Est. circulation in 2015: 315,000

Website: Japanese

Froggy’s commentary: Big Comic publishes the oldest manga still in serialisation – Golgo 13. Despite its legendary status in the manga world, Golgo 13 never really caught on with English readers for some reason. This wasn’t for lack of trying. LEED Publishing and Viz Media have published dozens of stories from the manga over the years (the first collection was published in 1986), but because of the sheer length of the manga, the publishers have only ever translated highlights from the manga instead of tackling the series in chronological order. Plus, when the scanlators have barely touched the series, you know that English readers don’t give a damn about it.

Weekly Morning

Issue 31, 2016
















Publisher: Kodansha

Founded: 1982

Frequency: Weekly

Demographic: Seinen

Est. circulation in 1996: 1,100,000

Est. circulation in 2015: 257,125

Website: Japanese

Froggy’s commentary: Despite its small print circulation these days, Morning is currently serialising a number of award-winning manga, including Takehiko Inoue’s Vagabond and Yoshihiro Yamada’s Hyouge Mono. But the magazine’s biggest mainstay, Cooking Papa, remains unlicensed and totally obscure to the English fanbase.

Kindai Mahjong 

August 2016 Issue














Publisher: Take Shobo

Founded: 1977

Frequency: Monthly

Demographic: Seinen

Est. circulation in 1996: 180,000-200,000

Est. circulation today: Unknown

Website: Japanese

Froggy’s commentary: This magazine is so obscure it doesn’t even have an English Wikipedia page. Nevertheless, English speakers may know it as the magazine that publishes Akagi, AKA the only mahjong manga most English manga fans can name, including myself.

Mahjong manga is (or at least was) big business in Japan. In the mid-eighties, there were over ten separate mahjong manga magazines, but by the end of 1995, Take Shobo had a monopoly over the market. In the 90s, there were three Take Shobo magazines: Kindai Mahjong Original, Kindai Mahjong Bessatsu and Kindai Mahjong Gold, but they ran into problems in the 00s. In 2006, Kindai Mahjong Gold changed its name to Kindai Mahjong Gamble Com, and then proceeded to cease publication altogether that same year. As for Kindai Mahjong Original, it released its final issue in December 2013. Since then, it appears that the publications have converged into a single Kindai Mahjong magazine.

Manga Pachinker

August 2016 Issue















Publisher: Guide Works

Founded: 1991

Frequency: Monthly

Demographic: Seinen

Est. circulation in 1996: 160,000

Est. circulation today: Unknown

Website: Japanese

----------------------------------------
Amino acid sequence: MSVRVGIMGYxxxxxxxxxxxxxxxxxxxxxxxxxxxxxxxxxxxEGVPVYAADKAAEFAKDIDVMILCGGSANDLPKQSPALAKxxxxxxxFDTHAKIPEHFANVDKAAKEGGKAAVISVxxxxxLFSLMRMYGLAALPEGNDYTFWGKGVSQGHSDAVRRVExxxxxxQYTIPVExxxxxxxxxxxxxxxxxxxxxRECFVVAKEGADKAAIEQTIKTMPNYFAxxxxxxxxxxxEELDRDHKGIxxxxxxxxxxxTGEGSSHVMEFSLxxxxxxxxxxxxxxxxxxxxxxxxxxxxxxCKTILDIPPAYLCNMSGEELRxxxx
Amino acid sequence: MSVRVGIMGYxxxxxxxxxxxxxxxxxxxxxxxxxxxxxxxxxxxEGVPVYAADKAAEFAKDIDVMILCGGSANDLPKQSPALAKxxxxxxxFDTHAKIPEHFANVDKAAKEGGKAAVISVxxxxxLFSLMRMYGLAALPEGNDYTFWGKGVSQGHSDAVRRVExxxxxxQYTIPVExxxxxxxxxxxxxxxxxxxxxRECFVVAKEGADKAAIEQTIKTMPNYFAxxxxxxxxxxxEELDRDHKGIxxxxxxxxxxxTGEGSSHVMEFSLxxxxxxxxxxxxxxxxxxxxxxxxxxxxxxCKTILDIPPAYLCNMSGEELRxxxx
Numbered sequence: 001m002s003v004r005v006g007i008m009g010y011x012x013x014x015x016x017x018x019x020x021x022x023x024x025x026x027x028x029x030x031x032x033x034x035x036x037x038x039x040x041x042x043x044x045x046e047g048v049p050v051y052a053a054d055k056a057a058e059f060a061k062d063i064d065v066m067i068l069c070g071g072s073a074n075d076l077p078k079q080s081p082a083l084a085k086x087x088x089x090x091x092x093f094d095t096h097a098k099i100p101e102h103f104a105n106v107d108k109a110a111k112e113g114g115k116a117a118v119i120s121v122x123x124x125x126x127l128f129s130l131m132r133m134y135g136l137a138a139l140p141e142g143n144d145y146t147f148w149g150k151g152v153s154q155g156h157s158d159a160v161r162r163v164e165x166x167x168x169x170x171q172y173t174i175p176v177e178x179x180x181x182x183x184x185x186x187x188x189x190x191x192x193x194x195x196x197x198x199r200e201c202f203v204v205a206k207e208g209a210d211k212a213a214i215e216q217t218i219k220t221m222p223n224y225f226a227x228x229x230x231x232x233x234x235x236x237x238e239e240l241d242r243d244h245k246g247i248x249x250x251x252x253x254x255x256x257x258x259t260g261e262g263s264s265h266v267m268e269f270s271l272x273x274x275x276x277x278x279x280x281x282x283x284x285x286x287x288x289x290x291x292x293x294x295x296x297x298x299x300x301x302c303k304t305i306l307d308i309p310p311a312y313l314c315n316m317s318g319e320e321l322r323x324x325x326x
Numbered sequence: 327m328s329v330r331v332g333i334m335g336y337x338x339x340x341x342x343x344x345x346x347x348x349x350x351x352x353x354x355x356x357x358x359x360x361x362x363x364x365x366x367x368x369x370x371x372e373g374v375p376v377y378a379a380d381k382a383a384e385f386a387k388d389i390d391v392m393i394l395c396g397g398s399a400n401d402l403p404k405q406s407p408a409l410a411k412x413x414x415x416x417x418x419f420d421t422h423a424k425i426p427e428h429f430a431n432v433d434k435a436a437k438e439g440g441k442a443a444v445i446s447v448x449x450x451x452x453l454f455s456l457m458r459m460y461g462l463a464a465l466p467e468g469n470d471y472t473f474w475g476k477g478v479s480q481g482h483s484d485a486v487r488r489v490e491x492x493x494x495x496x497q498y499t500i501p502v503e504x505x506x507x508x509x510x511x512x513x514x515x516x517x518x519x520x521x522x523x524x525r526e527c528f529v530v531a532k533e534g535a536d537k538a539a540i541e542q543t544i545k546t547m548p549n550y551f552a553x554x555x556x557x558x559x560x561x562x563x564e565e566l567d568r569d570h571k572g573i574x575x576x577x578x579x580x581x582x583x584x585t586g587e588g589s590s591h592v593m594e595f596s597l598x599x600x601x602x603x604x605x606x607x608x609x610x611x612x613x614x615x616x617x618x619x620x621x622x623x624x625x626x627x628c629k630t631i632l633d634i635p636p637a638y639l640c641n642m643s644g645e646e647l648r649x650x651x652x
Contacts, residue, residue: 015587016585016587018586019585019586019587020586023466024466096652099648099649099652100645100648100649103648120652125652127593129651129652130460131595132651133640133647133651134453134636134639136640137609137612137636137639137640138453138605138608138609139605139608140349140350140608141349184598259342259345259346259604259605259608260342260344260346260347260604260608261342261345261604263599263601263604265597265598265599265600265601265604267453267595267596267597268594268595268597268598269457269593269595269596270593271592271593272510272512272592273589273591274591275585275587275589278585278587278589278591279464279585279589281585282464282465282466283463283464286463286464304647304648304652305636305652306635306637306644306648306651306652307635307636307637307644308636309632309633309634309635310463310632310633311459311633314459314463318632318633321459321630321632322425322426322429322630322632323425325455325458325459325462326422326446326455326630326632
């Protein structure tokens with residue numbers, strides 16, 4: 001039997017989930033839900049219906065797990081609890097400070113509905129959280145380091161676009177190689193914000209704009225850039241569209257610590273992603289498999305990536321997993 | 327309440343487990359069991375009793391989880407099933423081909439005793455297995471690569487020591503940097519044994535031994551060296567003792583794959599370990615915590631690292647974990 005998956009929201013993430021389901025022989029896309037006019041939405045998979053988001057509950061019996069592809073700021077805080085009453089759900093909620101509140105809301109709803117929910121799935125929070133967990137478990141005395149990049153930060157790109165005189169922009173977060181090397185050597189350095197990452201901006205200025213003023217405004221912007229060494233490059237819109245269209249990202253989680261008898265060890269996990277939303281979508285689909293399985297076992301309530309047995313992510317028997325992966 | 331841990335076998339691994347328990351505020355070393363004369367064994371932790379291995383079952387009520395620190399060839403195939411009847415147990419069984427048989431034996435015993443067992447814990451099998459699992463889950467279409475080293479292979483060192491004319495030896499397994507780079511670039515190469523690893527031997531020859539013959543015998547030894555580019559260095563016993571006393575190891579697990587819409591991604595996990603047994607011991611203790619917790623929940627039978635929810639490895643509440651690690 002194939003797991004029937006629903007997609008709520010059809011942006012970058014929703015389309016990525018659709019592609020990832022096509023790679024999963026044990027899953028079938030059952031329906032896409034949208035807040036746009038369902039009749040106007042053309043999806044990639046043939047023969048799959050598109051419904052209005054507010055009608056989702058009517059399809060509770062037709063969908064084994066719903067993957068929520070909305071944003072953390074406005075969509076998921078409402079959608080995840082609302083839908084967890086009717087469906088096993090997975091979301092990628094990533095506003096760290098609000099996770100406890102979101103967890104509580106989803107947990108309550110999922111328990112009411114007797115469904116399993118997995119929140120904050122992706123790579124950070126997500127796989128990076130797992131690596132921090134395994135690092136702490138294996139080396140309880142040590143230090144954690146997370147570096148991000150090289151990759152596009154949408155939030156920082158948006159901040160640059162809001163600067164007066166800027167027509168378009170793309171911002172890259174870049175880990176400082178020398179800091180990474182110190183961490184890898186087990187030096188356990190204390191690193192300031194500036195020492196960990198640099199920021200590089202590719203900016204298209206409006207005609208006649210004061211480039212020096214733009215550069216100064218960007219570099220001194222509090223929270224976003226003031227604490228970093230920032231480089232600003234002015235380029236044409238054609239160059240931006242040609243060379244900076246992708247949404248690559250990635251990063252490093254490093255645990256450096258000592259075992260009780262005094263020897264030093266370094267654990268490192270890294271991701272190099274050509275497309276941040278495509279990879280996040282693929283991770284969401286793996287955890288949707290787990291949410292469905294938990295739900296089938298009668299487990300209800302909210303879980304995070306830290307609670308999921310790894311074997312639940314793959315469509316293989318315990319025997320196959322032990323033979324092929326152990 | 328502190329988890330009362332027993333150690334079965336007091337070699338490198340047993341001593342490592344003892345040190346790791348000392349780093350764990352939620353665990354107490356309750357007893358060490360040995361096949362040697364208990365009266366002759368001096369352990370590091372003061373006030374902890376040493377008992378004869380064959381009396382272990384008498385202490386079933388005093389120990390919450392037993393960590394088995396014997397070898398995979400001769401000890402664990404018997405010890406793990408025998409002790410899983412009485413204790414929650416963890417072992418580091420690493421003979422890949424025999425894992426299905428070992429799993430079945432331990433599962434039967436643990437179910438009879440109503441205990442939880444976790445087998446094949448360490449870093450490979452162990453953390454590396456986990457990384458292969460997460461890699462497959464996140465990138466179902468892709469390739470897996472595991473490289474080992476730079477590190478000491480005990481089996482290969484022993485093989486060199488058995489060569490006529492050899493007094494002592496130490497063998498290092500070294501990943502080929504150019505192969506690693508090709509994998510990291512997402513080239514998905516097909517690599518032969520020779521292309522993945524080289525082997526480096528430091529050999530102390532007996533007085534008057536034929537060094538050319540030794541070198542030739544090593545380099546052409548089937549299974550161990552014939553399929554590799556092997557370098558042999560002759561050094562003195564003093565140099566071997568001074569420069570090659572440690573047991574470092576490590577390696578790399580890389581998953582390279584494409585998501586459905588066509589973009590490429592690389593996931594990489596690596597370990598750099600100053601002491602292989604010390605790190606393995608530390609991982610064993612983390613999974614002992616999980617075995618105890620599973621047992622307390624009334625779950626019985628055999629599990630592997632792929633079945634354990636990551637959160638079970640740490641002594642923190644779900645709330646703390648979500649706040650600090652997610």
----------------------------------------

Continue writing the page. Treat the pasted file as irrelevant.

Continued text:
Froggy’s commentary: There’s obviously no way for a Pachinko magazine to catch on outside Japan, but Manga Pachinker isn’t terribly popular even within Japan. It doesn’t even have its own website (the link above directs you to the publisher’s website). Manga Pachinker used to have a sister magazine called Pachinker World, but this ceased publication in 2001. By the way, Manga Pachinker doesn’t just serialise manga – it also includes information about pachinko machines and strategies to win the game. It’s very much aimed at hardcore pachinko enthusiasts over manga fans.

Combat Comic

Issue 9, 1999


















Publisher: Nippon Shuppansha

Founded: 1984

Ceased publication: 2001

Frequency: Monthly

Demographic: Seinen

Est. circulation in 1996: 100,000

Froggy’s commentary: A magazine for hardcore military otaku, Combat Comic produced interesting war simulation stories, but I don’t believe any of them have been published in English. Combat Comic manga never really bought into the military moe trend, instead prizing realism and accurate depictions of weaponry and combat, which might explain why it never adapted to the modern manga market.


Issue 8, 1979


















Publisher: Magazine Magazine

Founded: 1978

Ceased publication: 1996

Frequency: Monthly

Demographic: Josei

Est. circulation in 1996: 80,000-100,000

Froggy’s commentary: June was really influential in shaping the yaoi market in the 80s and 90s. There was a time when yaoi was synonymous with June. Nowadays, it seems that fujoshi tastes have changed, though. Sensing a shift in the tide, the publisher turned towards novels instead. However, even the novel magazine version petered out in the early 00s.

Not to be confused with Digital Manga Publishing’s June imprint, which also publishes BL and yaoi manga in English but is unrelated to the content published in the Japanese June magazine.

Comic Amour

July 2016 Issue


















Publisher: Magazine Magazine

Founded: 1990

Frequency: Monthly

Demographic: Josei

Est. circulation in 1996: 430,000

Est. circulation today: Unknown

Froggy’s commentary: This magazine was mostly known for publishing erotica aimed at women. Although the print version still seems to be available on Amazon, the publisher seems to be pushing hard for digital sales. Little wonder – Comic Amour was almost certainly one of the victims of Japan’s periodic crackdowns on pornographic manga.

Yan Mama Comic

Publisher: Kasakura Shuppan

Founded: 1993